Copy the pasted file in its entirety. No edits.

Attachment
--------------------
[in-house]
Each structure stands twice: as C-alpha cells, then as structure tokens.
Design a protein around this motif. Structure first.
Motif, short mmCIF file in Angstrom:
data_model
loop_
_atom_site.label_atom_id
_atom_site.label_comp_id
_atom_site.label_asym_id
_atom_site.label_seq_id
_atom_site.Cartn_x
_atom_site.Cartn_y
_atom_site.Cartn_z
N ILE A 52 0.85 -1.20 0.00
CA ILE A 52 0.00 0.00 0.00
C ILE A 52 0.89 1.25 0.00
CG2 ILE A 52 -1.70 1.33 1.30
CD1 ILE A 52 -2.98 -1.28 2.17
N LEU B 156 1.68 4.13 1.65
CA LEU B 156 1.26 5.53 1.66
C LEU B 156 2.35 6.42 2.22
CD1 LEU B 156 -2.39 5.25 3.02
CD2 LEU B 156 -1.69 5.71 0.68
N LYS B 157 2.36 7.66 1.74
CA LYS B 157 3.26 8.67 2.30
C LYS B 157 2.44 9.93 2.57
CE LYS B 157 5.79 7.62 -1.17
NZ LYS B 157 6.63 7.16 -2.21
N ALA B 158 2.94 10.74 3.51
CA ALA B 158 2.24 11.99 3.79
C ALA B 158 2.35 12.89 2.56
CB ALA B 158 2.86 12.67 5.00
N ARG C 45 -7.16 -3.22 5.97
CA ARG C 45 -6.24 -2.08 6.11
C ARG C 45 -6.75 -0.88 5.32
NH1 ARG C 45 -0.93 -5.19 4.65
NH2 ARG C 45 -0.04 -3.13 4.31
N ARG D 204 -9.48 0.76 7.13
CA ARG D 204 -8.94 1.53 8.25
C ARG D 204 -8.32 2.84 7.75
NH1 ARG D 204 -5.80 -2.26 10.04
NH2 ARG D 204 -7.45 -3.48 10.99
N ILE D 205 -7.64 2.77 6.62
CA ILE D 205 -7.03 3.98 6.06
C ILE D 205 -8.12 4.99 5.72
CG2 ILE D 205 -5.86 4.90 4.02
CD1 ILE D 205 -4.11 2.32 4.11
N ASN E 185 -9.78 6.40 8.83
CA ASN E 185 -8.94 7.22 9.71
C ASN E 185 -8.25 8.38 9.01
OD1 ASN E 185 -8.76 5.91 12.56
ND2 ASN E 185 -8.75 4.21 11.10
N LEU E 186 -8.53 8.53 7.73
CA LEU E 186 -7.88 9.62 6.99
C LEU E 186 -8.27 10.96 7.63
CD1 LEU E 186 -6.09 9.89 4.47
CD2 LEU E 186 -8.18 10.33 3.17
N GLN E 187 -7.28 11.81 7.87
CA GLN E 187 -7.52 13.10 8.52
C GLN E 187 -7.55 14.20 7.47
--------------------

[in-house]
Each structure stands twice: as C-alpha cells, then as structure tokens.
Design a protein around this motif. Structure first.
Motif, short mmCIF file in Angstrom:
data_model
loop_
_atom_site.label_atom_id
_atom_site.label_comp_id
_atom_site.label_asym_id
_atom_site.label_seq_id
_atom_site.Cartn_x
_atom_site.Cartn_y
_atom_site.Cartn_z
N ILE A 52 0.85 -1.20 0.00
CA ILE A 52 0.00 0.00 0.00
C ILE A 52 0.89 1.25 0.00
CG2 ILE A 52 -1.70 1.33 1.30
CD1 ILE A 52 -2.98 -1.28 2.17
N LEU B 156 1.68 4.13 1.65
CA LEU B 156 1.26 5.53 1.66
C LEU B 156 2.35 6.42 2.22
CD1 LEU B 156 -2.39 5.25 3.02
CD2 LEU B 156 -1.69 5.71 0.68
N LYS B 157 2.36 7.66 1.74
CA LYS B 157 3.26 8.67 2.30
C LYS B 157 2.44 9.93 2.57
CE LYS B 157 5.79 7.62 -1.17
NZ LYS B 157 6.63 7.16 -2.21
N ALA B 158 2.94 10.74 3.51
CA ALA B 158 2.24 11.99 3.79
C ALA B 158 2.35 12.89 2.56
CB ALA B 158 2.86 12.67 5.00
N ARG C 45 -7.16 -3.22 5.97
CA ARG C 45 -6.24 -2.08 6.11
C ARG C 45 -6.75 -0.88 5.32
NH1 ARG C 45 -0.93 -5.19 4.65
NH2 ARG C 45 -0.04 -3.13 4.31
N ARG D 204 -9.48 0.76 7.13
CA ARG D 204 -8.94 1.53 8.25
C ARG D 204 -8.32 2.84 7.75
NH1 ARG D 204 -5.80 -2.26 10.04
NH2 ARG D 204 -7.45 -3.48 10.99
N ILE D 205 -7.64 2.77 6.62
CA ILE D 205 -7.03 3.98 6.06
C ILE D 205 -8.12 4.99 5.72
CG2 ILE D 205 -5.86 4.90 4.02
CD1 ILE D 205 -4.11 2.32 4.11
N ASN E 185 -9.78 6.40 8.83
CA ASN E 185 -8.94 7.22 9.71
C ASN E 185 -8.25 8.38 9.01
OD1 ASN E 185 -8.76 5.91 12.56
ND2 ASN E 185 -8.75 4.21 11.10
N LEU E 186 -8.53 8.53 7.73
CA LEU E 186 -7.88 9.62 6.99
C LEU E 186 -8.27 10.96 7.63
CD1 LEU E 186 -6.09 9.89 4.47
CD2 LEU E 186 -8.18 10.33 3.17
N GLN E 187 -7.28 11.81 7.87
CA GLN E 187 -7.52 13.10 8.52
C GLN E 187 -7.55 14.20 7.47